Probably the main thing I learnt in those five years of free conversation sessions was that there is no such thing as free conversation for lower level students. They don’t have the vocabularies for it, they don’t have the sentence patterns, they don’t have the confidence, and very often they don’t have the ideas. And in the developing world, they could well be actively discouraged from voicing their own opinions, anyway.

So what the teacher must do is feed the words, sentence patterns and ideas to the class, then have them regurgitate those words over and over. Boring? It could be, unless you employ a range of regurgitation methods. Unison repetition, pair work, milling exercises, games, memorization drills, more unison repetition with some changes of key words or verbs, and so on. All done at a brisk pace.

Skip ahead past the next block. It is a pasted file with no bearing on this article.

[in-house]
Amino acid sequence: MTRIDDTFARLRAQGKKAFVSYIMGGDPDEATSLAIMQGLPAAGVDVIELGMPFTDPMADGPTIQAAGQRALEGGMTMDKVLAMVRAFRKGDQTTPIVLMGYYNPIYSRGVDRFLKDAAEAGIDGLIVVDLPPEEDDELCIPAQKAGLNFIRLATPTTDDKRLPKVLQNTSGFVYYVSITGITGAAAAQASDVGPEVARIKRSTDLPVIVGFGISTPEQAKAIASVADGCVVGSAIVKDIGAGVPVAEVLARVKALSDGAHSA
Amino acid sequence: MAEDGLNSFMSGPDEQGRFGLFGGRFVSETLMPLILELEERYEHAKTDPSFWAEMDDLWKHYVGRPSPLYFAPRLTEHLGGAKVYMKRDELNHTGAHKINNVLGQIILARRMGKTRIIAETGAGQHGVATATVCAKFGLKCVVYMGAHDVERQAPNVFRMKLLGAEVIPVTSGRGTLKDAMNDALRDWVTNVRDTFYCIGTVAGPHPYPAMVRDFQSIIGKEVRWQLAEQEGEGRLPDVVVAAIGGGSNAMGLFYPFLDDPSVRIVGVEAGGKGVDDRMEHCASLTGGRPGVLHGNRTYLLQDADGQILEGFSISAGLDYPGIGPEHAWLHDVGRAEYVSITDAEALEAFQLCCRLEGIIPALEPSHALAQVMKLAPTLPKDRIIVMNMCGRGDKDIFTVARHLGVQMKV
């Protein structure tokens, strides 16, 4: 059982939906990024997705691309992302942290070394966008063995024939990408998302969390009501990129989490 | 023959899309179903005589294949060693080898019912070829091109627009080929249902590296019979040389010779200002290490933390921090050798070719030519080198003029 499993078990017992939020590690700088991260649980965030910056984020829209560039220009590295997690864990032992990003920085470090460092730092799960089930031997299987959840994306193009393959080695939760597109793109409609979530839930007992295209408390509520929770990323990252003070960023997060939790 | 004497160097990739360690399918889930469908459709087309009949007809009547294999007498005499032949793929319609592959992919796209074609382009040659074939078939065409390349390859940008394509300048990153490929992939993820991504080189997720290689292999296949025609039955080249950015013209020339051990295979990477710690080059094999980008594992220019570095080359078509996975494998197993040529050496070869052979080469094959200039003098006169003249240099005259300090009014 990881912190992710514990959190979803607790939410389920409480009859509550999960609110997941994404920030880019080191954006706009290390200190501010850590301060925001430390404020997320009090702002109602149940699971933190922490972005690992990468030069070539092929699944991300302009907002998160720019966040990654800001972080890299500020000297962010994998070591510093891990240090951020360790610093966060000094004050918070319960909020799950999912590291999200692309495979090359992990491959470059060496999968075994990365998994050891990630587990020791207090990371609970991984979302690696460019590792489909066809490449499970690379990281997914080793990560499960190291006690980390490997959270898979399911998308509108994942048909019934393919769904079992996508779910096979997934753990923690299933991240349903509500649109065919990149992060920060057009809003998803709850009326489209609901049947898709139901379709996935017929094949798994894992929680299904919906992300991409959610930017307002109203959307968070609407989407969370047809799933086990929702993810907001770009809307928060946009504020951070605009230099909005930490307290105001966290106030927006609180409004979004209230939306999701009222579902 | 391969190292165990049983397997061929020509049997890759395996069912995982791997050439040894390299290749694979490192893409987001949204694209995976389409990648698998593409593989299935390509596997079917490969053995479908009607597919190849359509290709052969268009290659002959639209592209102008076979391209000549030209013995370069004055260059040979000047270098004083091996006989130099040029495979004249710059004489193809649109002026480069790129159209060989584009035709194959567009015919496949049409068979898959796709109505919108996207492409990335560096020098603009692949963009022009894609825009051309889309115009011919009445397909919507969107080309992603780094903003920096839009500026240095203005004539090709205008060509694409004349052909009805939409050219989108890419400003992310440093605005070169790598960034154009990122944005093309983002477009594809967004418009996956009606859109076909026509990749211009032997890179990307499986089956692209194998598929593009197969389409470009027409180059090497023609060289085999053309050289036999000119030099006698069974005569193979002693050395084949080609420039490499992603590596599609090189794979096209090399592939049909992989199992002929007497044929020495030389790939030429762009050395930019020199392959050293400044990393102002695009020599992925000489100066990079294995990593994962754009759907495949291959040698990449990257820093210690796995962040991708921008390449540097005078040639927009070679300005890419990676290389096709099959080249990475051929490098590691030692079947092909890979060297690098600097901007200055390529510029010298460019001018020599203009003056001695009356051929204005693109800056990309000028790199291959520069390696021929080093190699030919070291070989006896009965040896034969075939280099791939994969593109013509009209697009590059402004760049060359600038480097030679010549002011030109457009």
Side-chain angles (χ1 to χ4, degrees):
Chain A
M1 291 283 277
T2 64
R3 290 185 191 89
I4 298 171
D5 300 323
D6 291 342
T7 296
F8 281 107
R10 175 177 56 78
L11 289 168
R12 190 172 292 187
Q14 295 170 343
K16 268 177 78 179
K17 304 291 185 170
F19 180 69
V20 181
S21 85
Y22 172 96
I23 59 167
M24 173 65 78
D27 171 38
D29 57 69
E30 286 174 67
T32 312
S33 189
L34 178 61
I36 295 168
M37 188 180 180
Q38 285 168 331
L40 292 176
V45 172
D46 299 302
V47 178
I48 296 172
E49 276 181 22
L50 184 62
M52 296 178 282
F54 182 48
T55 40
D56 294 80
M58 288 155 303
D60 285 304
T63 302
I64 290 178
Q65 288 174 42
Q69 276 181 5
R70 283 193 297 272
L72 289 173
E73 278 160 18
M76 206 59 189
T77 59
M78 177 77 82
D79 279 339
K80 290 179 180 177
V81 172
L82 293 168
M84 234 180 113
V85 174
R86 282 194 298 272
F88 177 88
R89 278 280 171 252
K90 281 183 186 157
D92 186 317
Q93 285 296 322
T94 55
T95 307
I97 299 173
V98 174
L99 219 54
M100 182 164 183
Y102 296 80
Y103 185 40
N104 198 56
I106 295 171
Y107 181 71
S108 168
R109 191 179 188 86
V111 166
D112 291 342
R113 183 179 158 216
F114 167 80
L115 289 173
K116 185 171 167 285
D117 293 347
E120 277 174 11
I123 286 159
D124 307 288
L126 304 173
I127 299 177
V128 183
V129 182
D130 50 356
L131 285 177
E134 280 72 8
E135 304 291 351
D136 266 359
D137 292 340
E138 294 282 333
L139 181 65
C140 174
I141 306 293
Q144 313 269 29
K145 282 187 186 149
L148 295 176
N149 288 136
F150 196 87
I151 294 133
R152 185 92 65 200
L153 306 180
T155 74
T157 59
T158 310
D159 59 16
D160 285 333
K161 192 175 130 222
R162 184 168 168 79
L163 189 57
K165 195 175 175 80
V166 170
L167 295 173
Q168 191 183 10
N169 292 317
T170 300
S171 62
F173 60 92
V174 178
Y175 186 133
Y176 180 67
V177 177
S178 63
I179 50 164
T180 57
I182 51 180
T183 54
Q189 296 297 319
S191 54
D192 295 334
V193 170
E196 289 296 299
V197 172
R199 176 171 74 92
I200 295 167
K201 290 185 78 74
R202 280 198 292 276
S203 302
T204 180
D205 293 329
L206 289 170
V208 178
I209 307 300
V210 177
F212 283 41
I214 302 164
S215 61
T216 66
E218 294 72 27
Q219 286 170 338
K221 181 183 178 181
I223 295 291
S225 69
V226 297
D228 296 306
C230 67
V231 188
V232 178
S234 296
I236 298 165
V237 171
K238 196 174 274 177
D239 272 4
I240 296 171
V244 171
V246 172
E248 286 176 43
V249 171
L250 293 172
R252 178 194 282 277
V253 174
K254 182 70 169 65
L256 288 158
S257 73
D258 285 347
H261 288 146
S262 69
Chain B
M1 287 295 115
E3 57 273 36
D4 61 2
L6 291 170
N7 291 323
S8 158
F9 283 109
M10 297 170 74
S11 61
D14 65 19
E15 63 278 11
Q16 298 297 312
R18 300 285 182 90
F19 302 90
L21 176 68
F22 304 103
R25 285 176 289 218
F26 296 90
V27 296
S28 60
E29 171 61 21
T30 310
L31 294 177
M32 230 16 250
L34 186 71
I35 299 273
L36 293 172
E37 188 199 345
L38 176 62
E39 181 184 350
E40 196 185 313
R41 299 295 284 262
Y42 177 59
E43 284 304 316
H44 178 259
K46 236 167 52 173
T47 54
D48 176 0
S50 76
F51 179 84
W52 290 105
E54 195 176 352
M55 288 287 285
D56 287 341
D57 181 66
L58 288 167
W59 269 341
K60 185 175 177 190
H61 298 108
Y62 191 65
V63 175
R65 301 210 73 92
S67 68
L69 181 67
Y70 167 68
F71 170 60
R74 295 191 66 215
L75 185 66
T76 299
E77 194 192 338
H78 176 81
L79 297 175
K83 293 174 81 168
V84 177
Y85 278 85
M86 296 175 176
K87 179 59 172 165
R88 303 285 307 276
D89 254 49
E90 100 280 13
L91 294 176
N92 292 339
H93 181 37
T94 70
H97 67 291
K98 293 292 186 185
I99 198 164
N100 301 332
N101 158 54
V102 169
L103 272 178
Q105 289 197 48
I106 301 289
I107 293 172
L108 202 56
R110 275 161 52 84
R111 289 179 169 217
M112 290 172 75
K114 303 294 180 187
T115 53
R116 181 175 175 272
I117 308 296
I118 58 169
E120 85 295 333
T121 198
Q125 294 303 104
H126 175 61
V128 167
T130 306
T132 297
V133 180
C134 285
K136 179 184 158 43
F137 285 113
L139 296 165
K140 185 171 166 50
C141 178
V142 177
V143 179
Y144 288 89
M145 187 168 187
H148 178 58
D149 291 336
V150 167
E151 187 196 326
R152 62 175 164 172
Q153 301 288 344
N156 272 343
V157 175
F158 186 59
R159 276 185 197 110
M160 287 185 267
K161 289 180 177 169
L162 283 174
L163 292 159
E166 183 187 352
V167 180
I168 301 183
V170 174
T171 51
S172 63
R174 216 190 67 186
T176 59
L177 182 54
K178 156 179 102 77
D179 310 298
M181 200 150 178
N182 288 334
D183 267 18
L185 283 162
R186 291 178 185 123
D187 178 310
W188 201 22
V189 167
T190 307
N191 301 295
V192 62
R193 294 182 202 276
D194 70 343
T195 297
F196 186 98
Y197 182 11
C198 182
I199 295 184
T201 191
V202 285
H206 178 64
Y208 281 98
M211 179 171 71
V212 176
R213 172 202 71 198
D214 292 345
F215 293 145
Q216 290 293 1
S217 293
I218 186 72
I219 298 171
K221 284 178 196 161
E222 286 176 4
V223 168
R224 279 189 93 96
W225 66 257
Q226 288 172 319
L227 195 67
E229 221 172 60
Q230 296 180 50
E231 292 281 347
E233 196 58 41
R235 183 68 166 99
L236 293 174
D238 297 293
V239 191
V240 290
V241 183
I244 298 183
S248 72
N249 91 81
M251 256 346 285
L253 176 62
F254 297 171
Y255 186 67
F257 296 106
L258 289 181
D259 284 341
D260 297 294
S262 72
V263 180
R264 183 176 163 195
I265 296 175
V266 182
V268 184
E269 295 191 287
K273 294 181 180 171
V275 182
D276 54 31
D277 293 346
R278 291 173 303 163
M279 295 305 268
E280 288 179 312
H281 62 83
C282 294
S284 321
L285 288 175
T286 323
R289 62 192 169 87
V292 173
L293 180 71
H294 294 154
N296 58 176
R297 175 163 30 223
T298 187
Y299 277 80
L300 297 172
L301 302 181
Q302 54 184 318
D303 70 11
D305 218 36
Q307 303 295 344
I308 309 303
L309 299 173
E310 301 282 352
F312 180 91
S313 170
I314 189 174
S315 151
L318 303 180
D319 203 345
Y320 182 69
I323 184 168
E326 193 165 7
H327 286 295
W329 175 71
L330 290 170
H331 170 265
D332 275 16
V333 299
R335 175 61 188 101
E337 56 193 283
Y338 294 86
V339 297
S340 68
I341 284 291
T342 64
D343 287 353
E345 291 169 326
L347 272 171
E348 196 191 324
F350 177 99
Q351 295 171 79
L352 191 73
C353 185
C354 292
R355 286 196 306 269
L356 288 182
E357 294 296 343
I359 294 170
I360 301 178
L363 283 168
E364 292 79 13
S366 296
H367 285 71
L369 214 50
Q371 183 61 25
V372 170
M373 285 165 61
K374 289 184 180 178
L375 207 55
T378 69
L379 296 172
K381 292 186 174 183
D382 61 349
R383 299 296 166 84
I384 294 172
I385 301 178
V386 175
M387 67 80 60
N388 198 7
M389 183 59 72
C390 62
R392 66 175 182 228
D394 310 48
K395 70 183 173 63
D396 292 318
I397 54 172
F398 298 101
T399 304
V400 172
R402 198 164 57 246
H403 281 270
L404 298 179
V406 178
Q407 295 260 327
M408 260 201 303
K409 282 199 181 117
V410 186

The second most important thing my initial years of teaching taught me: Shut up! It’s the students who need the speaking practice; not you. When the teacher’s mouth is open and the students’ mouths are closed, there’s not much learning taking place.

So that’s it; the essence of my first five years of trying to become a real English teacher. I’m still at it 40 years later (Hell, is it that long?) I’m still making stupid mistakes, but I think they are becoming fewer. And who knows, give me another 40 years in the classroom and I might well become The Perfect English Teacher. Here’s hoping.


In my book EFL minus the B.S. there are chapters on Teaching Methodologies, Linguistics, Students I Have Met, and Bosses I Have Met, along with teaching tips for different age levels.

Saturday, 20 July 2013

50 SHADES OF EFL (Part 4)